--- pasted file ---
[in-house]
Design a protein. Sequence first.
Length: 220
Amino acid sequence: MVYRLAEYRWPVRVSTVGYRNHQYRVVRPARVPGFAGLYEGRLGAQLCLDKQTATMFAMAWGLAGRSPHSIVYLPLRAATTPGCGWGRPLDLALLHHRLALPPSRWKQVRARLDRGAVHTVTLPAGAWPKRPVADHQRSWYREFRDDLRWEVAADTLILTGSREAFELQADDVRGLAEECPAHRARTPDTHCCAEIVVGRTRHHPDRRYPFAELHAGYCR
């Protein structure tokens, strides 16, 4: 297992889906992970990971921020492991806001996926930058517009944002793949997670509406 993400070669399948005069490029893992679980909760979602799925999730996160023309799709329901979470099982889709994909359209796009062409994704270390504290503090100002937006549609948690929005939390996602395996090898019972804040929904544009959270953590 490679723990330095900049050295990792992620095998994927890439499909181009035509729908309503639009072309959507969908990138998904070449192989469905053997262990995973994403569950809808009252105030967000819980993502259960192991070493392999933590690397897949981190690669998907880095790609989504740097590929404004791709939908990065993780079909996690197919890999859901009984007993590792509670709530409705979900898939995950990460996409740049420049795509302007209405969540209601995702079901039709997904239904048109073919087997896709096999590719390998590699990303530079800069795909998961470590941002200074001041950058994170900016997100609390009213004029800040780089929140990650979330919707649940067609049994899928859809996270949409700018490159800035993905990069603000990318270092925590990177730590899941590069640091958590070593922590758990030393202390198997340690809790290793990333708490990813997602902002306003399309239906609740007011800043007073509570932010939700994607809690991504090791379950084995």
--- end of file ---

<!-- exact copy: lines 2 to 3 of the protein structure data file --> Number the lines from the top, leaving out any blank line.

Design a protein. Sequence first.
Length: 220